Smart Health

How to Smartly Manage your Netezza System's Health beyond IBM EOS

Written by: | |



Netezza systems, like humans, will experience a decline in performance as they age. Also, like humans, this decline can be linked to underlying health issues which, if corrected, can result in much of the performance being restored.

To check on the health of your system, IBM provides the nzhealthcheck utility which outputs a report showing lots of system information and a list of hardware issues found along with expert advice on how to resolve them. This information includes which versions of software are installed for the various components of the system, which can be helpful when troubleshooting system issues.

Whilst being a good starting point, the nzhealthcheck doesn’t report on the performance of the system, and whilst showing which software is installed, it doesn’t comment on the potential problems associated with running older versions of software, nor a list of the features and fixes that are available that could help improve system performance. It is not uncommon for Netezza customers to pay for expensive hardware upgrades because they believe they have outgrown their existing capacity when their system performance is a result of poor database management and/or outdated software.

Hardware and Software considerations

In our recent blog "Why it's crucial to keep your Netezza software up to date" we explain how critical it is to keep all your Netezza software components (NPS, FDT, and HPF) updated with the latest versions. Not only does this ensure that replacement hardware components will be firmware compatible, but it ensures that you are getting all the latest features and fixes to known issues. From a system health perspective, prevention is much better than a cure. Admittedly it can require periodic downtime to apply the software upgrades, but if the consequences of not doing so are declining performance and system failure, it’s false economy not to do it.

Defective hardware components will impact the performance of your Netezza system, but you may not realize that some hardware defects cannot be detected if the FDT (Firmware Diagnostics and Tools) is out of date. Only recently we onboarded a new Netezza afterlife support customer that was reporting a blade failure but the nzhealthcheck report was reporting no hardware issues. When we did a full health check, we saw that their software was extremely outdated. Luckily, they had downloaded all the software upgrades before their IBM support ended and so were able to do a full software upgrade. Straight away, a myriad of hardware problems then showed up and we learned that they had been operating under false sense of security when really, they were close to a complete system failure. If you are under IBM support, you should be asking yourself why IBM does not insist that you keep your software up to date?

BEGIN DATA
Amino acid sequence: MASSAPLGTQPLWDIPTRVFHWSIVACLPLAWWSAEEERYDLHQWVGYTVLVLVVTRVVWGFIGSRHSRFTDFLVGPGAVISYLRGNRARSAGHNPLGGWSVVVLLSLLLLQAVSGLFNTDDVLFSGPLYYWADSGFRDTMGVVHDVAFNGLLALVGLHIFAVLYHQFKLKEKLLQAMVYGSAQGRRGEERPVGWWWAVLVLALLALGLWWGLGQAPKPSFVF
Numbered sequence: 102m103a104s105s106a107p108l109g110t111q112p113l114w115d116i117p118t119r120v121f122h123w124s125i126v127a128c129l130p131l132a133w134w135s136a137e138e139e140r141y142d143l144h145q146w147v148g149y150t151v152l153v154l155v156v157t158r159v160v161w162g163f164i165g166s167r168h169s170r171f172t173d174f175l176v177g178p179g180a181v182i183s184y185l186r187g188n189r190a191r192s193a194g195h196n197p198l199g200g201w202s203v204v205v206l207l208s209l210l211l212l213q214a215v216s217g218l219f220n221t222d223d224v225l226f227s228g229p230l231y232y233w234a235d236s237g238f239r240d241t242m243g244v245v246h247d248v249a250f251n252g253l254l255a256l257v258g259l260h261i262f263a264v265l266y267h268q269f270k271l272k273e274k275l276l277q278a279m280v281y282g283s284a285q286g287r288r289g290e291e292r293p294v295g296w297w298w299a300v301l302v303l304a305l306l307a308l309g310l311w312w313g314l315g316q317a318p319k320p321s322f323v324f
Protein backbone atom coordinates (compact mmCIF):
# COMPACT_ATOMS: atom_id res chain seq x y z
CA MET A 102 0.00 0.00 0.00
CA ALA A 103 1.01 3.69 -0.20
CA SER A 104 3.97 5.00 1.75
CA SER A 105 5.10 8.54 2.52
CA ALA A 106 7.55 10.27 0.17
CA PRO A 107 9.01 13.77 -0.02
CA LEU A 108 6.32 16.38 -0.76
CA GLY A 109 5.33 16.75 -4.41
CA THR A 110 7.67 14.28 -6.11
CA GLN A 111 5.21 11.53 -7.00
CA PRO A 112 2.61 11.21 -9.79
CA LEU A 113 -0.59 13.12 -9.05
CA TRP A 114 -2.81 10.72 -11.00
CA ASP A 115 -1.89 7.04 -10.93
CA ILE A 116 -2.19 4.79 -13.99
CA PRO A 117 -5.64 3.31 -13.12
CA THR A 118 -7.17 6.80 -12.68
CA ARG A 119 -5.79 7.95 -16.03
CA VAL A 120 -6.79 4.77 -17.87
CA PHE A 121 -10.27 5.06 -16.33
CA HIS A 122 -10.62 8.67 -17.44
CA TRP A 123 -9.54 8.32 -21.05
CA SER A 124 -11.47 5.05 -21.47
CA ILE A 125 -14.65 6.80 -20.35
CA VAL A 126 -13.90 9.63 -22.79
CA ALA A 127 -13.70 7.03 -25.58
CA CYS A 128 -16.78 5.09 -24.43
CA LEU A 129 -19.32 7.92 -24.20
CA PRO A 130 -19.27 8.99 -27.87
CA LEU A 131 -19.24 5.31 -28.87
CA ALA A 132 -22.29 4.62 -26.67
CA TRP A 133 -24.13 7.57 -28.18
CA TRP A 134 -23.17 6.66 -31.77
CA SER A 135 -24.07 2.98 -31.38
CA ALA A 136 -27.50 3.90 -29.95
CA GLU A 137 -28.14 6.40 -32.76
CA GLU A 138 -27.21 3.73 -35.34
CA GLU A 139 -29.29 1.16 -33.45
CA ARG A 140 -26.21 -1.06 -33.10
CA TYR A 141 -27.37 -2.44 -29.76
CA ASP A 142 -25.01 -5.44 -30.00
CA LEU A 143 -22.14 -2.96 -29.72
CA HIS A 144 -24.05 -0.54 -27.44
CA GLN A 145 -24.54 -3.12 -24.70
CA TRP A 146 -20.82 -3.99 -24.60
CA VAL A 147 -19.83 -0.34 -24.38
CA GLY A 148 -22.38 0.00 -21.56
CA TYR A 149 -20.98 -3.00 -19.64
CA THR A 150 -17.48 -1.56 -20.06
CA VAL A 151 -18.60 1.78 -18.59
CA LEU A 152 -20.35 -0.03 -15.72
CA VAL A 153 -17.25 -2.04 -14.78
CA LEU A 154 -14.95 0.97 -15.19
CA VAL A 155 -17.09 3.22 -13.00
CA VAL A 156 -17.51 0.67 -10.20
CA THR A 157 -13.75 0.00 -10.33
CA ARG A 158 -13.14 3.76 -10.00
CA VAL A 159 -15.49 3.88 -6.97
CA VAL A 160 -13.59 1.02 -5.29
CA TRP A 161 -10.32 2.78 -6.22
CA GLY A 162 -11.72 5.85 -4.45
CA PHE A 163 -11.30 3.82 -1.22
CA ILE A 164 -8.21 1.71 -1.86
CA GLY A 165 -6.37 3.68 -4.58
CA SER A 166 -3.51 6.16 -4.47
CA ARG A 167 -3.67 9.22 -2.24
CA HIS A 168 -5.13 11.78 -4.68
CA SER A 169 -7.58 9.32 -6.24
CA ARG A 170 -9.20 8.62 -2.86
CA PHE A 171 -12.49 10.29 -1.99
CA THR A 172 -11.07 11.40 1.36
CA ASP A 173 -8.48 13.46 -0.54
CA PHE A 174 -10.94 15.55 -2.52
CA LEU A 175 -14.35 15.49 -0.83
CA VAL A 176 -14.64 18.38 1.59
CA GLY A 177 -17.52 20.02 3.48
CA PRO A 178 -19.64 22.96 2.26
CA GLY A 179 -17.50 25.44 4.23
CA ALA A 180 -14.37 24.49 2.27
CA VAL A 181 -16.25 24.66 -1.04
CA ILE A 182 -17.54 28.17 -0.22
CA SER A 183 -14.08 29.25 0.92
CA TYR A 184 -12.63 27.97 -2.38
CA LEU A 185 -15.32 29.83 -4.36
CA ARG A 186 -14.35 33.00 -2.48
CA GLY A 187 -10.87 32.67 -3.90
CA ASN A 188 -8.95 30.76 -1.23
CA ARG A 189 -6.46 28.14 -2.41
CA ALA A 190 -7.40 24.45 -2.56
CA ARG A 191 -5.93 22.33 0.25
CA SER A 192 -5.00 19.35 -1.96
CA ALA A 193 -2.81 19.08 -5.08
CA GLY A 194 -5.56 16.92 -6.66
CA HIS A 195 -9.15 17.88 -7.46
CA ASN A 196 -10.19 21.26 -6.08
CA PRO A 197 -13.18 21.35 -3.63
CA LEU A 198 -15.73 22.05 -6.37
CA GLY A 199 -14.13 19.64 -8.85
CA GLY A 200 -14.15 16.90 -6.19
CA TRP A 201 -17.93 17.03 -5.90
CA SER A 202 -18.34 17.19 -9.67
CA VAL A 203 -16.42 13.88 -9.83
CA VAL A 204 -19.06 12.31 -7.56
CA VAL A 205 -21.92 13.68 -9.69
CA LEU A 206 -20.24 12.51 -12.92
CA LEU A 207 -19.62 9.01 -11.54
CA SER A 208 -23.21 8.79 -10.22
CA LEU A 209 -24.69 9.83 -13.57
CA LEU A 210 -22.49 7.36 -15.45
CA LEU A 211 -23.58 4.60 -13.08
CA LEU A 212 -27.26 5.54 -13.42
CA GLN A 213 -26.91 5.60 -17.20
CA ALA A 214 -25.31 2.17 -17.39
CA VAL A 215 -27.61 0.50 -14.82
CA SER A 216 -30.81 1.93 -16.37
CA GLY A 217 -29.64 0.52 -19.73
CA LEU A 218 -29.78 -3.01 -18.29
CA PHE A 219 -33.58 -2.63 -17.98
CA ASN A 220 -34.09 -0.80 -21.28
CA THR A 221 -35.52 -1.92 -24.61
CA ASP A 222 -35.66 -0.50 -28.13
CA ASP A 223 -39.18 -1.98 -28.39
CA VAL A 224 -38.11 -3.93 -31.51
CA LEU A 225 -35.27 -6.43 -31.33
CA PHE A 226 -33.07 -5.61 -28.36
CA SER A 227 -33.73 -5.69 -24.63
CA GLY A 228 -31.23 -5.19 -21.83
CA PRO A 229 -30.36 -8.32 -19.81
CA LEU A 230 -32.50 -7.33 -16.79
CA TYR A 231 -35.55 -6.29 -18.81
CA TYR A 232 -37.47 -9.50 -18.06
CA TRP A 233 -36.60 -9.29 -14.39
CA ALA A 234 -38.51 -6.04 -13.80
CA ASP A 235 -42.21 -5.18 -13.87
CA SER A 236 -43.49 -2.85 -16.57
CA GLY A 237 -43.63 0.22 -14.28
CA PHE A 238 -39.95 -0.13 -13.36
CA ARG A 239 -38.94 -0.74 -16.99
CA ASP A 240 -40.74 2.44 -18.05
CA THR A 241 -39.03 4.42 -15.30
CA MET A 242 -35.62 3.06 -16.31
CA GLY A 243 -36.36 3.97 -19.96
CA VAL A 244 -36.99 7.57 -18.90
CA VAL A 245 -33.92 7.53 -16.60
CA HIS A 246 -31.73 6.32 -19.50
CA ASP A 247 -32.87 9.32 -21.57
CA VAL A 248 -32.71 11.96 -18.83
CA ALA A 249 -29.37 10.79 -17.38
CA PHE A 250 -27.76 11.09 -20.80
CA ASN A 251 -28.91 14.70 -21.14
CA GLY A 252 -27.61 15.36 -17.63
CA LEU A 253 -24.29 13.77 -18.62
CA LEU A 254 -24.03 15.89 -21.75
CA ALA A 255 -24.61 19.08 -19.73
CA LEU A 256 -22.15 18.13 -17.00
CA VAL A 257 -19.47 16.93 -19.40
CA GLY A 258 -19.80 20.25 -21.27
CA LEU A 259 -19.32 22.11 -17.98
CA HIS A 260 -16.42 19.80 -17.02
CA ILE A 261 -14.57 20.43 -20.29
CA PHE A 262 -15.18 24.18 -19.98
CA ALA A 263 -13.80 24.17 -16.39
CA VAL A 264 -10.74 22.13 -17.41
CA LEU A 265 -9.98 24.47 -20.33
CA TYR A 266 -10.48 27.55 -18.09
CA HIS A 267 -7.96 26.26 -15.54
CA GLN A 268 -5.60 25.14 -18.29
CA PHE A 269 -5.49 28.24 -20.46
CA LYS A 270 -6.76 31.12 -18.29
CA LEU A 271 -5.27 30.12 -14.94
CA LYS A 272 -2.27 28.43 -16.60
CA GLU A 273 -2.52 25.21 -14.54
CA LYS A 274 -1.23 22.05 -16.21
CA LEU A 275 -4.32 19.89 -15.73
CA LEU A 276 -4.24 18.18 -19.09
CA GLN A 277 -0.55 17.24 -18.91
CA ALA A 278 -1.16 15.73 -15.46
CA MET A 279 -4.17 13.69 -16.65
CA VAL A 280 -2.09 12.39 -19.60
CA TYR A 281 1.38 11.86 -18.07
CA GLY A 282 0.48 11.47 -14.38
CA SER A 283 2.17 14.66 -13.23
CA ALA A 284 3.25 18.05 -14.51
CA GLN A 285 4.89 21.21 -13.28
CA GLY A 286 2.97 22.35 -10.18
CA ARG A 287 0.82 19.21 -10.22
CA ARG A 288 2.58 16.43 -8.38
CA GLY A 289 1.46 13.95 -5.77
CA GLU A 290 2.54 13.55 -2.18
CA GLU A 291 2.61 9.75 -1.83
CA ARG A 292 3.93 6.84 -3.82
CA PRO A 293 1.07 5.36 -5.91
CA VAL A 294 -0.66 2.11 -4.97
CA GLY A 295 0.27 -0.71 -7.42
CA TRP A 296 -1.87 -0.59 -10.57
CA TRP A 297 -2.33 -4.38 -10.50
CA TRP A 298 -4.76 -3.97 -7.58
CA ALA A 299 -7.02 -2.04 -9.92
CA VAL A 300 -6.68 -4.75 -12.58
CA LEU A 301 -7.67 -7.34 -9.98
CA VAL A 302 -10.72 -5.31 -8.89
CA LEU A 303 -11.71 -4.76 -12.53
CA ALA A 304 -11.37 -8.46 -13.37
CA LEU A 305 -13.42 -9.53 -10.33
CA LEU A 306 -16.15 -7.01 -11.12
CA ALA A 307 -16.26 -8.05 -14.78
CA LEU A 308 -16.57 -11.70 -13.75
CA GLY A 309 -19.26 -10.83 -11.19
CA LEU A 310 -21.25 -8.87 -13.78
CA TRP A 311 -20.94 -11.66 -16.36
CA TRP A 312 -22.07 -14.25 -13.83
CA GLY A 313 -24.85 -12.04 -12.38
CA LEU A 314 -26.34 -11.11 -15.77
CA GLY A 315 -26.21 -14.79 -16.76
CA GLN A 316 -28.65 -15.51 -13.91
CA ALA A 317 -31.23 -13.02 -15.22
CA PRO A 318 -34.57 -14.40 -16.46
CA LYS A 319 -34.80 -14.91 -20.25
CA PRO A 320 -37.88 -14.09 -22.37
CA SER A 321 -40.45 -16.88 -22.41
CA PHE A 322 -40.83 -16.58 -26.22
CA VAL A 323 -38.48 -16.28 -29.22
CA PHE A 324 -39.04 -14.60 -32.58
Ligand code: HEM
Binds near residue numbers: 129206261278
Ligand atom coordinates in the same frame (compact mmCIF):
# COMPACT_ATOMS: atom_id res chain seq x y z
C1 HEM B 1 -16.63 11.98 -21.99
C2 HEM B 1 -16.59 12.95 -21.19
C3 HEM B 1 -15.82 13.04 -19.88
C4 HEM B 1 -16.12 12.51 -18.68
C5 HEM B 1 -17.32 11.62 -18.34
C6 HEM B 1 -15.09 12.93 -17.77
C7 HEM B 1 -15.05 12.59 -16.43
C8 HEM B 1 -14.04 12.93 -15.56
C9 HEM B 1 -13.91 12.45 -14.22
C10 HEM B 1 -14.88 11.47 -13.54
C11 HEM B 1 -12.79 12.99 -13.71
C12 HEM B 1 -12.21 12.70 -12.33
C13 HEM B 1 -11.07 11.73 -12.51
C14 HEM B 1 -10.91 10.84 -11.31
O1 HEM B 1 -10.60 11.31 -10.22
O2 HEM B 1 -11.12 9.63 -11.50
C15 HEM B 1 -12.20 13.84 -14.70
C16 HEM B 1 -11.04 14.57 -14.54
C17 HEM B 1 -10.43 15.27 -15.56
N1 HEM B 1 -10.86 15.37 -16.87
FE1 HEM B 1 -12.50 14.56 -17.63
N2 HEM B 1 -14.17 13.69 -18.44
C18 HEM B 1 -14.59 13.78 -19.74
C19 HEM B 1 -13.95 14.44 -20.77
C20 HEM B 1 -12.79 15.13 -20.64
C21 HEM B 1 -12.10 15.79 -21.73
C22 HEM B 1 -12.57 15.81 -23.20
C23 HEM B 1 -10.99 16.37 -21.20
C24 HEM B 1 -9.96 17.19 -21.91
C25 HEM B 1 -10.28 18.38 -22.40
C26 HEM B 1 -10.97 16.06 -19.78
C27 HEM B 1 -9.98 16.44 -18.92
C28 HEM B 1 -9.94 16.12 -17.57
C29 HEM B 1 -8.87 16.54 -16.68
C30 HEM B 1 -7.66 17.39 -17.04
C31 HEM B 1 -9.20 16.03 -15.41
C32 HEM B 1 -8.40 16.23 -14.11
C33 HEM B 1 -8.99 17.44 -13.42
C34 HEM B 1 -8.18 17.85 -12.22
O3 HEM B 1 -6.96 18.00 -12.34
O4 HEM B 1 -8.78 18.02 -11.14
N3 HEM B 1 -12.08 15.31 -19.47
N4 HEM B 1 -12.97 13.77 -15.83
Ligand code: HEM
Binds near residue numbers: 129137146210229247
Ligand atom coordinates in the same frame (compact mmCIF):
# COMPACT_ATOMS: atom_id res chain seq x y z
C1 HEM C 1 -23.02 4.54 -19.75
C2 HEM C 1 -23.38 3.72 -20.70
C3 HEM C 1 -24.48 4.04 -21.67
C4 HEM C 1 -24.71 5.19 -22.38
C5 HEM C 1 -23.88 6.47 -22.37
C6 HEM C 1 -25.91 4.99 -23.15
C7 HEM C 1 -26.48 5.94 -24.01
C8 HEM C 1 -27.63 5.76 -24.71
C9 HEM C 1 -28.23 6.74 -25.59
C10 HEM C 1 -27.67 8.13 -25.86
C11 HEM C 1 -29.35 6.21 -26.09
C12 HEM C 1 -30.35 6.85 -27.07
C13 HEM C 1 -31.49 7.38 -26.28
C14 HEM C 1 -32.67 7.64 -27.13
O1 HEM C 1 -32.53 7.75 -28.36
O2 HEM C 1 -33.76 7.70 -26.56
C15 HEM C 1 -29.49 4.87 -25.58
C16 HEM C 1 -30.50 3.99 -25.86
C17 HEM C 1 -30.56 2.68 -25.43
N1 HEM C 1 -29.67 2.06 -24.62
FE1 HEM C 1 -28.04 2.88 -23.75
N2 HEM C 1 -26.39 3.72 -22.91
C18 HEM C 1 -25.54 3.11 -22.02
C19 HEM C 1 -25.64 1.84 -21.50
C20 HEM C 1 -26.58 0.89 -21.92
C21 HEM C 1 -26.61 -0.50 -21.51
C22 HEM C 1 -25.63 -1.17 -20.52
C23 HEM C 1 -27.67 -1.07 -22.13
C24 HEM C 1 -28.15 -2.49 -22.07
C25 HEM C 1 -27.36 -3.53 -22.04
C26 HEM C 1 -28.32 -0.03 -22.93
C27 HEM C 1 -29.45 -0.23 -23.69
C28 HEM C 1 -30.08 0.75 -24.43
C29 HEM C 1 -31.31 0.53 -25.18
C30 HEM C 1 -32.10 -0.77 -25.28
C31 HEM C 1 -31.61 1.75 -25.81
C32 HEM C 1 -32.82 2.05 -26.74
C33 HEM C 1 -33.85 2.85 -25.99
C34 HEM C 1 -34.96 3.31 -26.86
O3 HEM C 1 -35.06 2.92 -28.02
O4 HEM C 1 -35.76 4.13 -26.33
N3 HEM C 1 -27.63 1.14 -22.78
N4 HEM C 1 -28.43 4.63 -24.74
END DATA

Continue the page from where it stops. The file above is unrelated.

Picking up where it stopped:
Performance Considerations

Netezza database performance is directly linked to the allocation of system resources. Various factors affect a query's performance, including bad data distribution, stale statistics, server load and uneven system resources. These Workload Management (WLM) components can be tweaked along with the predefined system configurations to ensure the best possible query process times on a Netezza machine.

Netezza uses Field Programmable Gate Arrays (FPGAs) to boost performance. I/O operations are always a bottleneck in any database server, and it is the FPGA that eradicates the I/O problem in Netezza by filtering the data across each Snippet Processing Unit (SPU) or S-blade. The performance of the system is directly linked to uniform distribution of data across all data slices in the system. When data is badly distributed, skew occurs meaning that the SPU’s and FPGA’s serving data slices that contain more rows of a table must work harder and so become a performance bottleneck.

Even when data skew is eradicated, the Netezza query optimizer relies on up-to-date statistics to fine tune query performance. These statistics can become quite stale if not updated after certain database operations such as nzload, INSERT, UPDATE, GROOM TABLE and TRUNCATE TABLE. In addition to the regeneration of statistics after such operations, grooming is an often-overlooked activity. The GROOM TABLE command reclaims disk space, reorganizes tables that are based on the clustered base table organizing keys, and migrates data for tables that have multiple stored versions.

The key is being confident that these routine administrative tasks are being performed – the health of your system depends on it. It’s the reason why you need experienced Netezza resources to manage your Netezza system, as you’ll read in our blog https://smart-associates.biz/blog/resourcing-your-netezza-team-optimally.

The Smart Health Check

The Smart Health Check is one element of a holistic approach to managing the continued health of a Netezza system that has reached IBM end of support up to and including the time that you transition to a new system.

Hammerhead

It comprises:

  • Performing a thorough health check when your IBM support ends
  • Rectifying any observed health issues (outdated software, defective hardware, poor data distribution, etc)
  • The automation of essential DBA tasks with our Virtual DBA service to ensure that the system continues to operate at peak performance
  • Ongoing monitoring of the health of your system
  • Regular reviews with key technical personnel

A sample health check report can be found here.

Read more about the Smart Health Check Service here, or for more information about how to keep your Netezza appliances operating at peak performance beyond IBM end of support feel free to contact us here.

Author Bio